Well, where should I begin. Having been a frequent visitor to the Las Vegas area for over 40 years now, I have frequently heard stories about how much better things were "when the boys ran the town". One of my best friends made in Vegas was John who worked as a mechanic at the Hilton and other notable casinos. When he first told me over dinner one night on his yacht on Lake Mead, I asked "what kind of cars did you work on?". He laughed, then explained to me how he used to hide in the ceiling above the casino floor observing gambling operations below. Whenever a gambler began winning too much or his methods were suspect, a "mechanic" was sent down to even the score. John's payment was a fixed hourly wage and half of whatever he could recover from a high roller. And, judging from his yacht and sending all his kids through college, he was paid quite well indeed.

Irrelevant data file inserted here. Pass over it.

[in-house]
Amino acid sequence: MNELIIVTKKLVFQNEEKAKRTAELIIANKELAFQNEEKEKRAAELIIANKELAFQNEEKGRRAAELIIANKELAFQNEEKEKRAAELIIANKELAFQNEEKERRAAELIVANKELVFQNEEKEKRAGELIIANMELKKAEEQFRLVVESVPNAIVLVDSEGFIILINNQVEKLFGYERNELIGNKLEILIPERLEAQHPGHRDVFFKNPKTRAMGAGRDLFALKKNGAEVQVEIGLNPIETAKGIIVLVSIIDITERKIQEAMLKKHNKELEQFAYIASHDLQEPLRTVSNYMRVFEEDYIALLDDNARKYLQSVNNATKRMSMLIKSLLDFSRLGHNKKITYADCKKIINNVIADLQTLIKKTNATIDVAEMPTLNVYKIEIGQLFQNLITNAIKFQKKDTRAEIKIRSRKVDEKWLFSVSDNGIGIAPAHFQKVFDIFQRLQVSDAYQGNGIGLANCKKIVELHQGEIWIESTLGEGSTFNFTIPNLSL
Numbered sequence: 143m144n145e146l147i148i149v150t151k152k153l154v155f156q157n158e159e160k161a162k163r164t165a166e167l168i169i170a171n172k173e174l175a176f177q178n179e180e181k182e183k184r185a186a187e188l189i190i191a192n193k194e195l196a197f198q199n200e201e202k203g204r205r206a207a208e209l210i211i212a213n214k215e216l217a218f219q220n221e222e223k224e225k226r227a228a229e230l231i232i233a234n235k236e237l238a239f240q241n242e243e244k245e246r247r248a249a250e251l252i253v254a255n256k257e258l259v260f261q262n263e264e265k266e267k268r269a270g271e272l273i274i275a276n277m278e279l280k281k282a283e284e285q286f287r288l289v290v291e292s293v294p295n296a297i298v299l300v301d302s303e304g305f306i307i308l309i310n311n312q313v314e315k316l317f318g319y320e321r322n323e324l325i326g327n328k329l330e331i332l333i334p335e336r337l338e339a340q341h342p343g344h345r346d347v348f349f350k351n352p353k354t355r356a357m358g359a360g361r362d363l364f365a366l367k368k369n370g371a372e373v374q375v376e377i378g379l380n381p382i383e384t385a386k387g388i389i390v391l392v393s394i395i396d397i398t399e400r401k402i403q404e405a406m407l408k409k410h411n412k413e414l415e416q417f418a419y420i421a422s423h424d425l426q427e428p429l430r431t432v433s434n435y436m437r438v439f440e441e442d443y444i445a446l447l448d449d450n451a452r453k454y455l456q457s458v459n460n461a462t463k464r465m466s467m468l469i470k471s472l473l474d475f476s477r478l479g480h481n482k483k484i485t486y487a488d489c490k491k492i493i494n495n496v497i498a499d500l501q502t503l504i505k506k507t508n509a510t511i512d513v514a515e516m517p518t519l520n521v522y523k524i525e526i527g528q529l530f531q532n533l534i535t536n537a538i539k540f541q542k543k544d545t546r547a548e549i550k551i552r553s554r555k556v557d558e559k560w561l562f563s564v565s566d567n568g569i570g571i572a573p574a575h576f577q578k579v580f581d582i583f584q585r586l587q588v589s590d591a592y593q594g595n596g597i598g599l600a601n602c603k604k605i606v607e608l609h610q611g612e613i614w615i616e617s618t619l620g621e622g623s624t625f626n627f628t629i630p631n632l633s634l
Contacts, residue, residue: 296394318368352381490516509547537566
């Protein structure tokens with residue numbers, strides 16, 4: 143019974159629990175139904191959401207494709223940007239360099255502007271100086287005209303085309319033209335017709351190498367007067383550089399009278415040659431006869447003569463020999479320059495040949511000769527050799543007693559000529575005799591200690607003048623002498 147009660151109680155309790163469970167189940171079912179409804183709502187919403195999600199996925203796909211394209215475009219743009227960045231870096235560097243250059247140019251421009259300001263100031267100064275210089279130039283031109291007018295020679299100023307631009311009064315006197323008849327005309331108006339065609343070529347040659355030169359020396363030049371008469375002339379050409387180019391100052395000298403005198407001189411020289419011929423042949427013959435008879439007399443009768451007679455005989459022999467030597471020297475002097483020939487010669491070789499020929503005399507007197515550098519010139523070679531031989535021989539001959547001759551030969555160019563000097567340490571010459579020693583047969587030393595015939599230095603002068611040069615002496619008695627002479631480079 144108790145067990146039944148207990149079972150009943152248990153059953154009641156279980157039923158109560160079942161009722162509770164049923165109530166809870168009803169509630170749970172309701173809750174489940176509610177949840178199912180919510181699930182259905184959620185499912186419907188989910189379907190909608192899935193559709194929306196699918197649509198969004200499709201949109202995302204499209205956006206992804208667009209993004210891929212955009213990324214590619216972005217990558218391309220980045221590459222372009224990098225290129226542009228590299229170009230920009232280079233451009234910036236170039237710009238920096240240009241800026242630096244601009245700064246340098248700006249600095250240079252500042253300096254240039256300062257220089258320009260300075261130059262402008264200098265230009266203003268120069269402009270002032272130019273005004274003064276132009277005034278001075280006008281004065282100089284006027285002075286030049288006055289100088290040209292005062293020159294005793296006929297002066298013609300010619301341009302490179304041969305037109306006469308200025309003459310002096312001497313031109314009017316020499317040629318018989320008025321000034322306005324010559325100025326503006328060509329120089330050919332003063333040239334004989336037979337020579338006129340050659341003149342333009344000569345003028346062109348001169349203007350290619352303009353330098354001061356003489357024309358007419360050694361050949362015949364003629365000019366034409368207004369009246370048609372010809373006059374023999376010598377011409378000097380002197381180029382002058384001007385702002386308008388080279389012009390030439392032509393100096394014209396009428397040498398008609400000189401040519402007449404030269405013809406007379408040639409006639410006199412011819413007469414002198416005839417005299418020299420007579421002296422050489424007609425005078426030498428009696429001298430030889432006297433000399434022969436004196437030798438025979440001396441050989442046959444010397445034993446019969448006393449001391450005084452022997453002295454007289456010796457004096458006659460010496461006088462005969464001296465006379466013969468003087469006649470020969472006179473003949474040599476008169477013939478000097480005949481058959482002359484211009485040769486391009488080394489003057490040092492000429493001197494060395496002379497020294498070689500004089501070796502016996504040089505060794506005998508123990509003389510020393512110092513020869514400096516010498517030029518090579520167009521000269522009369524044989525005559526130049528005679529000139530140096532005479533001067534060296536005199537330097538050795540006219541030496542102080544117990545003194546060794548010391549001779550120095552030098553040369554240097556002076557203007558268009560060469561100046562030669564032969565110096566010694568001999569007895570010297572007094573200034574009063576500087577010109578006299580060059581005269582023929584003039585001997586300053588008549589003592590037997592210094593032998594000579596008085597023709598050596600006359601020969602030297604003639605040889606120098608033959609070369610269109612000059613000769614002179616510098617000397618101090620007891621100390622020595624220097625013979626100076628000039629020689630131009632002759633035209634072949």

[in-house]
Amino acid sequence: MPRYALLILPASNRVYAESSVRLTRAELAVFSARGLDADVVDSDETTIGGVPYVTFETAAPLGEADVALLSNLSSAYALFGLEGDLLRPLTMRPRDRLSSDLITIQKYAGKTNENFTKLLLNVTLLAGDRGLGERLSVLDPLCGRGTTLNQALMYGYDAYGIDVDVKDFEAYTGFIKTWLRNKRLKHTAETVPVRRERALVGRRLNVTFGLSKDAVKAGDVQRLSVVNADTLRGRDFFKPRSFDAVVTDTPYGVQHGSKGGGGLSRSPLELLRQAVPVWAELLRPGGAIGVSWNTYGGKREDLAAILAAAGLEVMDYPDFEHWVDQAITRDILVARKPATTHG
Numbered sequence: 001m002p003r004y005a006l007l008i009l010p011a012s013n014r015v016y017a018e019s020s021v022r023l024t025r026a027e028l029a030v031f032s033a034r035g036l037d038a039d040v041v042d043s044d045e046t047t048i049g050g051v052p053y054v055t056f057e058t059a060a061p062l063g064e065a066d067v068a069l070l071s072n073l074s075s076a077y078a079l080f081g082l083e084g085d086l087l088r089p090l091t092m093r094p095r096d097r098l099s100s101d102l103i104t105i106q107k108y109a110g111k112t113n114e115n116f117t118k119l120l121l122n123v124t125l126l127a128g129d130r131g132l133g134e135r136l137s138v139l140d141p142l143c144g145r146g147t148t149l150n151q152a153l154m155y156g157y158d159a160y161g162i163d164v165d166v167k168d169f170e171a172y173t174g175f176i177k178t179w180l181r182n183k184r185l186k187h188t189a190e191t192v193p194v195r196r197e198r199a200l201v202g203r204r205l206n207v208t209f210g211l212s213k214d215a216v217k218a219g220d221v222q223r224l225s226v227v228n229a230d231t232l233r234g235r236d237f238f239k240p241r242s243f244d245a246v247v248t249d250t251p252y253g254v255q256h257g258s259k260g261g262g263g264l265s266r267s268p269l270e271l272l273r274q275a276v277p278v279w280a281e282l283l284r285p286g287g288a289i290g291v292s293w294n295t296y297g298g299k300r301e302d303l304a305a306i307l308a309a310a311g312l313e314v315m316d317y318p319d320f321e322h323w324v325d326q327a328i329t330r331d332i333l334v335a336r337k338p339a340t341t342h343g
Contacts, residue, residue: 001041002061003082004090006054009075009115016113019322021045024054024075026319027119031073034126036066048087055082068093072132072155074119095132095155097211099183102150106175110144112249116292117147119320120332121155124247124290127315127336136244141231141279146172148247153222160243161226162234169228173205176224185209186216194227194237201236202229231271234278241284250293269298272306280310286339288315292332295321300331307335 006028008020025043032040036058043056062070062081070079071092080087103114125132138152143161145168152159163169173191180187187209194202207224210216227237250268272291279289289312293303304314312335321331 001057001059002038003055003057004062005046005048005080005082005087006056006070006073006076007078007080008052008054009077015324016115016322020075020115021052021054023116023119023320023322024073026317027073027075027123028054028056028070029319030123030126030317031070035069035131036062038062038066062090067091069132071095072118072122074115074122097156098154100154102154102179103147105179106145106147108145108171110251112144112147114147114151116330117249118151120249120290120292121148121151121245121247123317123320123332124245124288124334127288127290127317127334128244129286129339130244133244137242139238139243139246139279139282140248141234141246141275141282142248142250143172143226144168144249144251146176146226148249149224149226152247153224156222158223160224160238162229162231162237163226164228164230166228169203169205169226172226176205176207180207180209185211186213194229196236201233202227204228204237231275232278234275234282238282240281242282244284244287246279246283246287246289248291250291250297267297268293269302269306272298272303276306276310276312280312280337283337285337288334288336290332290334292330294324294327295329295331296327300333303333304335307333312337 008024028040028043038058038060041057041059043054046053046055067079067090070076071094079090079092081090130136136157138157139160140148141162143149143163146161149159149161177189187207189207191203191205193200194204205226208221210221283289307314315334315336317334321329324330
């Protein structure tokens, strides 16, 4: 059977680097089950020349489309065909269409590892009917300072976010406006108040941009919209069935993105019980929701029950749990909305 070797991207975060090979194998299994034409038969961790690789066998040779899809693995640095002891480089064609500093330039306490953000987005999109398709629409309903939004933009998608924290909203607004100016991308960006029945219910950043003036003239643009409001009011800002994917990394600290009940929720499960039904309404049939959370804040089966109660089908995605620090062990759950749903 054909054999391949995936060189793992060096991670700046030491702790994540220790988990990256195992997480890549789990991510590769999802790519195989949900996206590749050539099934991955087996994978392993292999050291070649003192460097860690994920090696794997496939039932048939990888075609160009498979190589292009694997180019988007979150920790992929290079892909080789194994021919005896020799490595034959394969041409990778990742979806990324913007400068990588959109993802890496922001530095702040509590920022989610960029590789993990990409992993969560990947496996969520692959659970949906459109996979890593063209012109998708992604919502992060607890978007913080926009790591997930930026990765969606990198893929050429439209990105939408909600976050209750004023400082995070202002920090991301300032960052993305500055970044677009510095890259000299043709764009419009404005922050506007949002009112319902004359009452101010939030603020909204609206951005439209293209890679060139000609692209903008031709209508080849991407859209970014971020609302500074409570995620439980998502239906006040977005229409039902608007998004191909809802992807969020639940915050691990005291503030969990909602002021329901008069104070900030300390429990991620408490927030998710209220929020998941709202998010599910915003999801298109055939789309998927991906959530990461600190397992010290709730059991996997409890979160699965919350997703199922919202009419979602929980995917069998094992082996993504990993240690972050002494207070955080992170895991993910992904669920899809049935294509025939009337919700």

This is the Vegas that was dominated by Mob interest in 'The Battle for Las Vegas".
The book is well written and holds your interest throughout, although a bit too often it lags when discussing minor characters or other related personalities. But it is at its best when detailing the crimes and lifestyle of certain criminal residents, especially Tony Spilotro and Frank Rosenthal. And don't forget Oscar Goodman, who I have met several times, and seems to be a good guy. Allen Glick reminds me of a city attorney for a city I worked for, and he apparently had similar morals and pitfalls as well. But, I didn't know Glick lived in La Jolla, a suburb of my home town San Diego.
If you haven'y yet watched the movie "Casino", you might do so before or after you read this book. From all accounts and reviews I have read, along worth talking to some older Vegas residents, the movie was pretty close to the way things actually were.
Well worth reading. Highly recommended.